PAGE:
“Soul” is not a thing, but a quality or dimension of experiencing life and ourselves. Thomas More, Care of the Soul I’m in a soul searching group.
It’s disguised as a food optimizing, weight loss, slimming group. But, really, it's a soul searching group.
Kind of a high-falutin' term for a weight loss group, you say?
Could be, but, I’m sticking to my terminology.
I’ll try to explain.
Soul work and truth work are close relatives. Writing and soul work are Siamese twins. Over the last several years, I have been writing, commenting, observing on paper (or whatever this medium is) on subjects ranging from theology & spirituality, raising children, marriage, growing up in an Irish-Catholic New York City community with all the gifts and baggage that entails and bringing that with me to a suburb in Dallas.
And all the while ignoring the scale. Refusing to look at the number when the mean nurse made me stand on the truth device for a doctor visit. Hiding under big blouses until they were no longer big. Then having to buy the next size, just to be decent.
I was ignoring the truth. I read all sorts of ‘soulful’ subjects, like spirituality, mythology, literature, psychology. But that was stuff that went on between the ears. Soul work takes place in the body, in the real, tangible, hot, cold, freezing, stifling, bright, dreary, windy, rainy world where our bodies reside.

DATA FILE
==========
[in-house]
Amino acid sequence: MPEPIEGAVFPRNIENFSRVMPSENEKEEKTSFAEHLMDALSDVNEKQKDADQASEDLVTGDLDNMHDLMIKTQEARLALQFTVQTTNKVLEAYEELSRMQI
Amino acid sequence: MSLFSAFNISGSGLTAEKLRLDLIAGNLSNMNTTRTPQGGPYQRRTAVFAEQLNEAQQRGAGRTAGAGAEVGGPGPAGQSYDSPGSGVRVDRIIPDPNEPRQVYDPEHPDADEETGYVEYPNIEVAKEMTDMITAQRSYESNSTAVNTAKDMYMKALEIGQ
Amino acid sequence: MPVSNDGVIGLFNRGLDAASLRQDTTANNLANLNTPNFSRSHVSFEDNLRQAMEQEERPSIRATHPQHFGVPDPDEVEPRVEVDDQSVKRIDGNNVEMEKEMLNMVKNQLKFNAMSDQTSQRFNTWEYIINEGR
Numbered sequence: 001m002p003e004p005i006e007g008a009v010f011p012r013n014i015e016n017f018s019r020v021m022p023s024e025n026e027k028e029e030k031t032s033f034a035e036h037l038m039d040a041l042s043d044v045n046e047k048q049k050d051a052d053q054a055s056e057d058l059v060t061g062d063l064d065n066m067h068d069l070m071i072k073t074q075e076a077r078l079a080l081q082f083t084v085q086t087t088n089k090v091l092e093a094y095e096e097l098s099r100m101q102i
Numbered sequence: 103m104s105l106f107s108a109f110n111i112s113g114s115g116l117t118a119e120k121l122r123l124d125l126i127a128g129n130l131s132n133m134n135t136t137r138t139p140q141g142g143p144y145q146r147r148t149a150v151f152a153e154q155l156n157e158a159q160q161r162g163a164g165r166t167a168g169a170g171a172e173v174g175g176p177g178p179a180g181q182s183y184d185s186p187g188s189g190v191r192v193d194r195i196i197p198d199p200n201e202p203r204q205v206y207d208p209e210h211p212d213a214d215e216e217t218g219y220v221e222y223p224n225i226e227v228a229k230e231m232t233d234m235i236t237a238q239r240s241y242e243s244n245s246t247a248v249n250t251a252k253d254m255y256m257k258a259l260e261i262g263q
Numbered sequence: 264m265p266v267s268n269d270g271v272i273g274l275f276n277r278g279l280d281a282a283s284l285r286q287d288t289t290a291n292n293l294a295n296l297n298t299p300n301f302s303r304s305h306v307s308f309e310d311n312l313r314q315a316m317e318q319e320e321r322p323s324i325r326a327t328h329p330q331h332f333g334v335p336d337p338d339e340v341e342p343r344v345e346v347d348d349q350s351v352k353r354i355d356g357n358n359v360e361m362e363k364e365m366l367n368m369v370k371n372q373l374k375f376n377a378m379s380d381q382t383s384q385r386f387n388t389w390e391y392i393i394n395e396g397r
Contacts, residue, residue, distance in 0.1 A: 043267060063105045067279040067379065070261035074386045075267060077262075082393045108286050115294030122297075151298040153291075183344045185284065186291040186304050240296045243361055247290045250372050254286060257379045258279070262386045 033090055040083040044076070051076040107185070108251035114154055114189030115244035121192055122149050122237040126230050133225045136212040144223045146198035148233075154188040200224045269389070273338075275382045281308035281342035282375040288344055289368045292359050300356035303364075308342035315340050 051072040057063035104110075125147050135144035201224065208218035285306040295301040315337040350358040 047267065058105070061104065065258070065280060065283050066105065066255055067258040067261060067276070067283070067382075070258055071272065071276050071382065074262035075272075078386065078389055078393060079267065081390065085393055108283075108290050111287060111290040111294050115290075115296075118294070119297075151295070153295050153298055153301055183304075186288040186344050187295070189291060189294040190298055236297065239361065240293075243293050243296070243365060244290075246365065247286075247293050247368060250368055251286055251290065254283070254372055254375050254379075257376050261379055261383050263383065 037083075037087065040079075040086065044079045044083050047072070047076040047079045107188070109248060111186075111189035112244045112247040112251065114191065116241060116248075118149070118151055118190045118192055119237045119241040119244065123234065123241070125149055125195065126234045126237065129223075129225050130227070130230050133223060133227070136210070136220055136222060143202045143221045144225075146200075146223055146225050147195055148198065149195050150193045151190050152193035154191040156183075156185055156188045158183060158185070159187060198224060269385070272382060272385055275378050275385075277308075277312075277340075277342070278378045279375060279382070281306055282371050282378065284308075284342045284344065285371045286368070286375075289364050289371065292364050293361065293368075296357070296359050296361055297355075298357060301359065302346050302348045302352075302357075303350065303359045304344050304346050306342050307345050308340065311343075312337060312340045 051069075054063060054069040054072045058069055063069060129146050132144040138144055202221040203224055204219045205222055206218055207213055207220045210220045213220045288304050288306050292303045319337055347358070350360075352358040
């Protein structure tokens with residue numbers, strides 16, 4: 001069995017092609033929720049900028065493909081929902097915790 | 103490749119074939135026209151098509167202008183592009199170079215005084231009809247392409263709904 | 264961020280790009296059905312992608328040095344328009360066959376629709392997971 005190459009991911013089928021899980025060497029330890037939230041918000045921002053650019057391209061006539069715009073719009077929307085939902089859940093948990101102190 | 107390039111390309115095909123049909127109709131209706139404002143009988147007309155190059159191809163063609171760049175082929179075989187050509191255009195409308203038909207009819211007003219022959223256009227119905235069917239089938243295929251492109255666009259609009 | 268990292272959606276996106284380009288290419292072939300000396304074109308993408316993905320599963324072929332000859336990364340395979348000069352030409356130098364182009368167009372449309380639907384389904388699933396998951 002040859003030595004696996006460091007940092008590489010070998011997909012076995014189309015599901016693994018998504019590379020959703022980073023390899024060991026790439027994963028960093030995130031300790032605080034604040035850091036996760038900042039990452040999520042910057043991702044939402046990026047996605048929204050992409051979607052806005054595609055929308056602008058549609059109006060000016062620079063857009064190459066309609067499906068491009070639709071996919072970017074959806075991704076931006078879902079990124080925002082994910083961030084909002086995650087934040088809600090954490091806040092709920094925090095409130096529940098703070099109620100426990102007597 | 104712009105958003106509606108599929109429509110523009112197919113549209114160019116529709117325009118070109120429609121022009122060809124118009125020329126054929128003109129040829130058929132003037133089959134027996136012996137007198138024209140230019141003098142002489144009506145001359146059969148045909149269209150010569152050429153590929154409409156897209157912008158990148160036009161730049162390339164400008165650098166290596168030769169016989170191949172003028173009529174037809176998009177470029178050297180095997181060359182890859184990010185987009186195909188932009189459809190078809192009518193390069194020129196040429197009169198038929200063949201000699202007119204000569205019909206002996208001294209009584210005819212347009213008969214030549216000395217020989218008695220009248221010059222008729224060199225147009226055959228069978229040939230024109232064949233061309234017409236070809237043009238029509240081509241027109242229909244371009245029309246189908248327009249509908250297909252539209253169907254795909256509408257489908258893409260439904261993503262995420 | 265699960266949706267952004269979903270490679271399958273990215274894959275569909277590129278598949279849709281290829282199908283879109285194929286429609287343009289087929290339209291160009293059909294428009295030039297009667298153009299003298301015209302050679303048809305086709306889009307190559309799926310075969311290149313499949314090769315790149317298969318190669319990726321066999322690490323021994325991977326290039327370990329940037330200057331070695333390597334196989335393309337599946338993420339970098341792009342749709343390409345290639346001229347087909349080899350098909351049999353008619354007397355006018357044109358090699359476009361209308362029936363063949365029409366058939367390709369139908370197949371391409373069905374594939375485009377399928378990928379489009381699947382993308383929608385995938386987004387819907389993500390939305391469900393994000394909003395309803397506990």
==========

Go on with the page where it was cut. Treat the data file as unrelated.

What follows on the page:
The ‘salvation of my soul’ was drummed into me courtesy of the Baltimore Catechism. I thought it had to do with sins and bad thoughts. I had no idea that it had anything to do with groceries.
When I first encountered the teaching that Catholicism was a ‘sensual’ religion, I was taken aback. I was raised in a more ascetical version of the faith, which turns out to be not so kosher. The use of very ordinary elements of life raised to be vehicles of the holy: the bread and wine, the olive oil, the beeswax candles, the incense, the lighting, the kneeling and the standing, all have to do with body. They are the ‘smells and bells’ of Catholicism of old and of scary movies of Hollywood. Body in the service of the sacred. Body in the service of soul.
As a student, I studied theology. When I was a new mother, I learned what theology meant. Theology, body/soul/spirit work, happens when you care for someone. When you change diapers, stay up all night, rock a baby to sleep, prepare meals, put off your own plans for the good of someone else, make sure they are healthy, safe, happy. When you give yourself away without counting it as sacrifice. And then, do it all again someday with elderly parents who once did all that for you.
You have to be conscious to do soul work. Eating whatever was handy or tasty or filled a need, just for the moment, was not being conscious. It was a form of oblivion. Like drinking. Or and other kind of addiction.
So, yes, I am doing soul work. In the kitchen. It’s as good a place as any.